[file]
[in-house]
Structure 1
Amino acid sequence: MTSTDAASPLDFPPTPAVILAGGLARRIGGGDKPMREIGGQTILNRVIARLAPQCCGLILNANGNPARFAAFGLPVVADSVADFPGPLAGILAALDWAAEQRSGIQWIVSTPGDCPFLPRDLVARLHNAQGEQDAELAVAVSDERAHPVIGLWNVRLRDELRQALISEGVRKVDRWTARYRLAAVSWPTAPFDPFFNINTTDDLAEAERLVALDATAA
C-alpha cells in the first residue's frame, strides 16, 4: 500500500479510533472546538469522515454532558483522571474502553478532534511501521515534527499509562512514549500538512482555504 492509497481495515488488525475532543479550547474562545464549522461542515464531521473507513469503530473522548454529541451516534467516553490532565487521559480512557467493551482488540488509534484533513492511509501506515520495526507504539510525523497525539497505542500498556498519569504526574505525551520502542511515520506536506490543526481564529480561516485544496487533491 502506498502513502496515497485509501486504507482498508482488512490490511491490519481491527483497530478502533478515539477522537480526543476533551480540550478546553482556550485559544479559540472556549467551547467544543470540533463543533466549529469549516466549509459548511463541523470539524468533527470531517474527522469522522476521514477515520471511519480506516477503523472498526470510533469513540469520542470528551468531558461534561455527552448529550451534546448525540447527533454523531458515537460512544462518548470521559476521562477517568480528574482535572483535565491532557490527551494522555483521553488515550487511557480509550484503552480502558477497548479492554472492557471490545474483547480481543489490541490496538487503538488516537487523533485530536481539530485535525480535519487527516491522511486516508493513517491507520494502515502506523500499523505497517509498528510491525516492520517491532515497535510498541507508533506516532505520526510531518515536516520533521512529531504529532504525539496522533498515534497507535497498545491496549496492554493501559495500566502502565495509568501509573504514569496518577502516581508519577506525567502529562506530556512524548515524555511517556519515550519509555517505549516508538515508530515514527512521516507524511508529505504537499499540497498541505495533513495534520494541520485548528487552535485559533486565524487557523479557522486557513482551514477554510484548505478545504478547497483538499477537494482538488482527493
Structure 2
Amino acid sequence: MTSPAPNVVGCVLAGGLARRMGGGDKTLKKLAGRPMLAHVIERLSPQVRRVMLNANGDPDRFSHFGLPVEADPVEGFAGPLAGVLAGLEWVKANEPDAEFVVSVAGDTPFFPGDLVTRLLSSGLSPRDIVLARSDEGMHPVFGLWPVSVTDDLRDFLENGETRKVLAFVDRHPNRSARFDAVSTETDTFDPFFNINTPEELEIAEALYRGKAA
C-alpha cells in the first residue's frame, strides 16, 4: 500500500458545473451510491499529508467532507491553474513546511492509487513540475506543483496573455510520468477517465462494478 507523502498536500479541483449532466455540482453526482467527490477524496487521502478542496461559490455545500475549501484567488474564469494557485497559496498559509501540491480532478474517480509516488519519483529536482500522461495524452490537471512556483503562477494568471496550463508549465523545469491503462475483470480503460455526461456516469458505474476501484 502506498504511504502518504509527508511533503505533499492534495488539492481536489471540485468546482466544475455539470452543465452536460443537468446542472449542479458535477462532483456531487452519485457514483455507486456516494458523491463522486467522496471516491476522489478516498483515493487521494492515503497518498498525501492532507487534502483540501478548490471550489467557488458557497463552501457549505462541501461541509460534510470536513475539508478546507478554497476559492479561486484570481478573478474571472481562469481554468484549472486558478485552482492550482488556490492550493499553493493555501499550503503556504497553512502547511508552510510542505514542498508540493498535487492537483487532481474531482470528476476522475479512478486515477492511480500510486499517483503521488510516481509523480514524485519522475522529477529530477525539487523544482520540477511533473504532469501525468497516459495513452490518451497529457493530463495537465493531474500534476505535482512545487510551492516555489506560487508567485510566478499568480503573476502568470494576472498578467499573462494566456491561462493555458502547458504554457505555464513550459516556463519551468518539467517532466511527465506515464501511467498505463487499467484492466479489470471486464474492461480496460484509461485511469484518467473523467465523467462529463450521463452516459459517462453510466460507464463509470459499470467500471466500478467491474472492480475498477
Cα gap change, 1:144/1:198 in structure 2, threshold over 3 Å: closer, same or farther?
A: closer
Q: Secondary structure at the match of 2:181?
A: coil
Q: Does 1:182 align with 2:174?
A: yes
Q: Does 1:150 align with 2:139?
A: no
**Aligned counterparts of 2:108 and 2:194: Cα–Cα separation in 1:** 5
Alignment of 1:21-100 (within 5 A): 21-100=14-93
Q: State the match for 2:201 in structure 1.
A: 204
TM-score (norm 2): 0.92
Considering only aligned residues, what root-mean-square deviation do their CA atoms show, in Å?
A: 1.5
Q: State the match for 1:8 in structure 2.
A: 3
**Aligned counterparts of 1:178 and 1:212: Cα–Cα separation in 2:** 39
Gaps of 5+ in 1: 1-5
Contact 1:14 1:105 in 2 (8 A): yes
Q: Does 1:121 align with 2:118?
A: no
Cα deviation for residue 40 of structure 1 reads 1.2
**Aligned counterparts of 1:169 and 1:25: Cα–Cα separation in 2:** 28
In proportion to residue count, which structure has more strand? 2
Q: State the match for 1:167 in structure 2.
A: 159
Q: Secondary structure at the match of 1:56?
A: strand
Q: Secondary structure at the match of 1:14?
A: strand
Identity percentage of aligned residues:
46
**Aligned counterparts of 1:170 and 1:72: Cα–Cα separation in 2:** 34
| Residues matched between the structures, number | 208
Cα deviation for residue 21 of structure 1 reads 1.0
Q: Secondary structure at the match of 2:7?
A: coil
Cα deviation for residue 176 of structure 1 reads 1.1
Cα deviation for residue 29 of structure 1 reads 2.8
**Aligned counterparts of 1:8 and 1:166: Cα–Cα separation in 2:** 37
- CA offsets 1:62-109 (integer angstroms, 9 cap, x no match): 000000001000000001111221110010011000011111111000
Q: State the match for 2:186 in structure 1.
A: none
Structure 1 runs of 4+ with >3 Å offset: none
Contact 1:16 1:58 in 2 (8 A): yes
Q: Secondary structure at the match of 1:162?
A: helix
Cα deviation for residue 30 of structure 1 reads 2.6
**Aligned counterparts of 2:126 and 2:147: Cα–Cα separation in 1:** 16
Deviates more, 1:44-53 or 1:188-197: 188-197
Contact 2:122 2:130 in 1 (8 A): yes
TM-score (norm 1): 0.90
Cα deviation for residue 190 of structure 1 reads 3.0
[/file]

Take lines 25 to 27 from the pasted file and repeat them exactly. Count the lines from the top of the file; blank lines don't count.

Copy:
**Aligned counterparts of 1:178 and 1:212: Cα–Cα separation in 2:** 39
Gaps of 5+ in 1: 1-5
Contact 1:14 1:105 in 2 (8 A): yes